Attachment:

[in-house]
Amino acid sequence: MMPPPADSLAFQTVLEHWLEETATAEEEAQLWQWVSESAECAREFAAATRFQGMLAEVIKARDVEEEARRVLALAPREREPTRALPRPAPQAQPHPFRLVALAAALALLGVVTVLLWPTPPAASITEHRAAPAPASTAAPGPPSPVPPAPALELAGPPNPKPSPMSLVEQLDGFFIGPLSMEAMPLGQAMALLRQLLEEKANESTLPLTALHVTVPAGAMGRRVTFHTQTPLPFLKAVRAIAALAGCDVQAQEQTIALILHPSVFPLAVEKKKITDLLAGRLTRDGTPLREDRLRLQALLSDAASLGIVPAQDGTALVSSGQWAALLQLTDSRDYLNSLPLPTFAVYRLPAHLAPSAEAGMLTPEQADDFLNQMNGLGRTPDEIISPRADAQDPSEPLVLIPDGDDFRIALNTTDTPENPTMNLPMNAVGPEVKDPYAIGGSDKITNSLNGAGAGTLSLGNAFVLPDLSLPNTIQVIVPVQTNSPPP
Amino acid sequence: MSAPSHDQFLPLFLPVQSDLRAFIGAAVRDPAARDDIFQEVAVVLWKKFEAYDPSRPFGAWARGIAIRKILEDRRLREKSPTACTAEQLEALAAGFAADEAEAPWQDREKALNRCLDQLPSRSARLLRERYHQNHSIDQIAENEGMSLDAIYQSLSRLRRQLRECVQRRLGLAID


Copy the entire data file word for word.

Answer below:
[in-house]
Amino acid sequence: MMPPPADSLAFQTVLEHWLEETATAEEEAQLWQWVSESAECAREFAAATRFQGMLAEVIKARDVEEEARRVLALAPREREPTRALPRPAPQAQPHPFRLVALAAALALLGVVTVLLWPTPPAASITEHRAAPAPASTAAPGPPSPVPPAPALELAGPPNPKPSPMSLVEQLDGFFIGPLSMEAMPLGQAMALLRQLLEEKANESTLPLTALHVTVPAGAMGRRVTFHTQTPLPFLKAVRAIAALAGCDVQAQEQTIALILHPSVFPLAVEKKKITDLLAGRLTRDGTPLREDRLRLQALLSDAASLGIVPAQDGTALVSSGQWAALLQLTDSRDYLNSLPLPTFAVYRLPAHLAPSAEAGMLTPEQADDFLNQMNGLGRTPDEIISPRADAQDPSEPLVLIPDGDDFRIALNTTDTPENPTMNLPMNAVGPEVKDPYAIGGSDKITNSLNGAGAGTLSLGNAFVLPDLSLPNTIQVIVPVQTNSPPP
Amino acid sequence: MSAPSHDQFLPLFLPVQSDLRAFIGAAVRDPAARDDIFQEVAVVLWKKFEAYDPSRPFGAWARGIAIRKILEDRRLREKSPTACTAEQLEALAAGFAADEAEAPWQDREKALNRCLDQLPSRSARLLRERYHQNHSIDQIAENEGMSLDAIYQSLSRLRRQLRECVQRRLGLAID